ESPN's layoffs Wednesday didn't touch many of the sports network's biggest personalities and their mega contracts.
Most of the people let go seemed to be the nuts and bolts reporters the network has added in recent years, especially those covering the NFL, major league baseball and college sports. Many were specialized writers for the network's web site. In a small victory for print, the network's magazine appeared untouched.
The network, which has lost millions of cable subscribers and has seen ratings plunge for its centerpiece Sports Center show, has decided to emphasize opinionated commentators like Stephen A. Smith rather than straightforward reporters who uncover facts. Those colorful personalities are the network's most visible and highest paid employees. The network will lose journalistic depth, but major changes appear unlikely in the short term.
Fans no longer need Sports Center for highlights and scores; they are quickly available on mobile phones. The network has decided to make the franchise even more personality driven, making the affable and witty Scott Van Pelt the host of its midnight show. Michael Smith and Jemele Hill with their cool urban repartee and hip-hop references, now helm the 6 p.m. segment. Along with announcing the layoffs, the network said that familiar Sports Center anchor Hannah Storm would have her role reduced.
Because of my college football interest, I was most surprised by the layoff of Danny Kanell, who took a prominent seat at the college football desk the last year or so, analyzing Saturday games from noon to midnight. I also caught the former NFL and Florida State quarterback on the radio, where he co-hosted a talk show with Ryen Russillio, who apparently will also have a lesser role. Kanell, who replaced Van Pelt on the post-noon radio show, seemed a bit unnatural with the long, conversational format. He had football expertise, but lacked authority with other sports and popular culture.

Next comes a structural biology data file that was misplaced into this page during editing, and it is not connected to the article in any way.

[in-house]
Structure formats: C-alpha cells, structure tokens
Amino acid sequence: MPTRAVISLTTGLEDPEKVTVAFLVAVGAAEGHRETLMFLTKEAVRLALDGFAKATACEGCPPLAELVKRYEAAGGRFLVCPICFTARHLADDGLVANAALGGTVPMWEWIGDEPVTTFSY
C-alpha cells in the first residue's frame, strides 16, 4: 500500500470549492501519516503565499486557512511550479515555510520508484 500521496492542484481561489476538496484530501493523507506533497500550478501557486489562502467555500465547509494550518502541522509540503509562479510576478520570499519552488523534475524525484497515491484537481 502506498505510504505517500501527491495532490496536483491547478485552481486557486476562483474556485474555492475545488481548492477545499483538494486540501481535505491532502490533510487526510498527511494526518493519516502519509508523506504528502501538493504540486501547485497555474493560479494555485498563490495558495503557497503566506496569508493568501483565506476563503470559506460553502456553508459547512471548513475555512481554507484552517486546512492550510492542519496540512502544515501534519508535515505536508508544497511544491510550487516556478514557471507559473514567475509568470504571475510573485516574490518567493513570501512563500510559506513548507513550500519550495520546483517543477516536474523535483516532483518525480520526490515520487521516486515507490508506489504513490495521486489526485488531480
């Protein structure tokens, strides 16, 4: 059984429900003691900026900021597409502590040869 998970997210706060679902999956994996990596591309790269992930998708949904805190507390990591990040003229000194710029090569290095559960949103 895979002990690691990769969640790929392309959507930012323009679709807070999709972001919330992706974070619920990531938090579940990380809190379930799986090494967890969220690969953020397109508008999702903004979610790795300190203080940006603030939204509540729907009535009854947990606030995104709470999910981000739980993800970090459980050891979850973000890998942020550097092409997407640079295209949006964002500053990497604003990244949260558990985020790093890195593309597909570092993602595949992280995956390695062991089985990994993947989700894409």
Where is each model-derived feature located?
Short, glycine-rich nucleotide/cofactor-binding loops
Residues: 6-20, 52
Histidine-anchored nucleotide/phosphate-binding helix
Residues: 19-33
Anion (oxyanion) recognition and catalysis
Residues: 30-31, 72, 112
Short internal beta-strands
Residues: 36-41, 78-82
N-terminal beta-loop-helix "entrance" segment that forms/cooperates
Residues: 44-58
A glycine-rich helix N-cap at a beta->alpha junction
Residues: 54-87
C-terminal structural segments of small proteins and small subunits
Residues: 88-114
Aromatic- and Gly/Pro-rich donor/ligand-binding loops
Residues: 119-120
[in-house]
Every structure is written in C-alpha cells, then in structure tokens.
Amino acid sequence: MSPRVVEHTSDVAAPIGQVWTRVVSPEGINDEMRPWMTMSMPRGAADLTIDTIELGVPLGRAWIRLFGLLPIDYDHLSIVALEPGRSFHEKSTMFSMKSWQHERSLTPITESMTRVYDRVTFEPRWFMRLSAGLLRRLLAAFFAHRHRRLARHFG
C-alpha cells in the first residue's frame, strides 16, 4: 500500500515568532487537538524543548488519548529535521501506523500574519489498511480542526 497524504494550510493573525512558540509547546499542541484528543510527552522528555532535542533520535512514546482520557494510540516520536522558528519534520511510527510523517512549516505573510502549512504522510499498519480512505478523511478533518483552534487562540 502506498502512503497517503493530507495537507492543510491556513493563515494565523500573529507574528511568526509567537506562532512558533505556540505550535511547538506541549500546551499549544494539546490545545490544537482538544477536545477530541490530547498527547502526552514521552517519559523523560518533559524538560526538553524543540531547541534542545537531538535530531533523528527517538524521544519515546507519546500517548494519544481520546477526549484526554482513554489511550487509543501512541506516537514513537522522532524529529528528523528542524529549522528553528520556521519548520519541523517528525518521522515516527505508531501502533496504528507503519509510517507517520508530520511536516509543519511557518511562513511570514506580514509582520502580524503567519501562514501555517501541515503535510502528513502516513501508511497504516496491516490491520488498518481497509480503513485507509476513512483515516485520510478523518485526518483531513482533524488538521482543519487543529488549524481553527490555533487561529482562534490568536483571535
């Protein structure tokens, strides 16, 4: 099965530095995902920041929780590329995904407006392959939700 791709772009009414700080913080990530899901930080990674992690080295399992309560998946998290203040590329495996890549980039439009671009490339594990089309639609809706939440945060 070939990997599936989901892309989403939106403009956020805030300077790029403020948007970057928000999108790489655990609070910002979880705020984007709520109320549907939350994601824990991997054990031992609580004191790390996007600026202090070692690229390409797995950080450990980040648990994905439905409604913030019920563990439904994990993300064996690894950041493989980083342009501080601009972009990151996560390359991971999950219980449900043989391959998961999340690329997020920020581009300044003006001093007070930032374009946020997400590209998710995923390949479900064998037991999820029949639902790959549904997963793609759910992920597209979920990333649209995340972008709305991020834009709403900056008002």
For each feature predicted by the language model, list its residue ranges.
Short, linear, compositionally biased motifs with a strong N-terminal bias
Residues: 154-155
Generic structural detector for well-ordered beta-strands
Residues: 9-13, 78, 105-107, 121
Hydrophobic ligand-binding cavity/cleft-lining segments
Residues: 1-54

Funny how a relatively minor TV personality will grab your affection. I was a bit miffed to see golf analyst Dottie Pepper let go. At this year's Masters, which ESPN covers on Thursday and Friday, I enjoyed Pepper's interviews and on-course reporting. She's hardly glamorous, but asked questions that drew thoughtful responses. I particularly remember an in-depth interview she did with former Masters champion Jordan Spieth.
Jayson Stark, whose baseball articles on ESPN.com I've occasionally read, was among the laid-off writers I recognized. Veteran NFL reporter Ed Werder, one of the most knowledgable about the league, was also cut. On Thursday came the news that familiar college basketball analyst Andy Katz was given his notice. Another shocker was former NFL quarterback Trent Dilfer, who offered strong insights into the pro game.
Several commentators pointed out that the layoffs are more cosmetic than substantial. Millions in salaries might have been saved, but that's a small amount compared with the billions ESPN pays out to its higher-priced stars and to the NBA, NFL and Major League Baseball. The network still makes a huge profit for owner Disney, which apparently didn't force the layoffs. They were instituted by ESPN leader John Skipper, who in a jargon-laden memo spoke of changing times and a shifting future.
What course that future takes will be fascinating, I'm sure. For now, the network sacrificed many of its less glamorous everyday workers, who gave the network a ballast of solid reporting. The layoffs gained attention, but will be only the first step in remaking the network.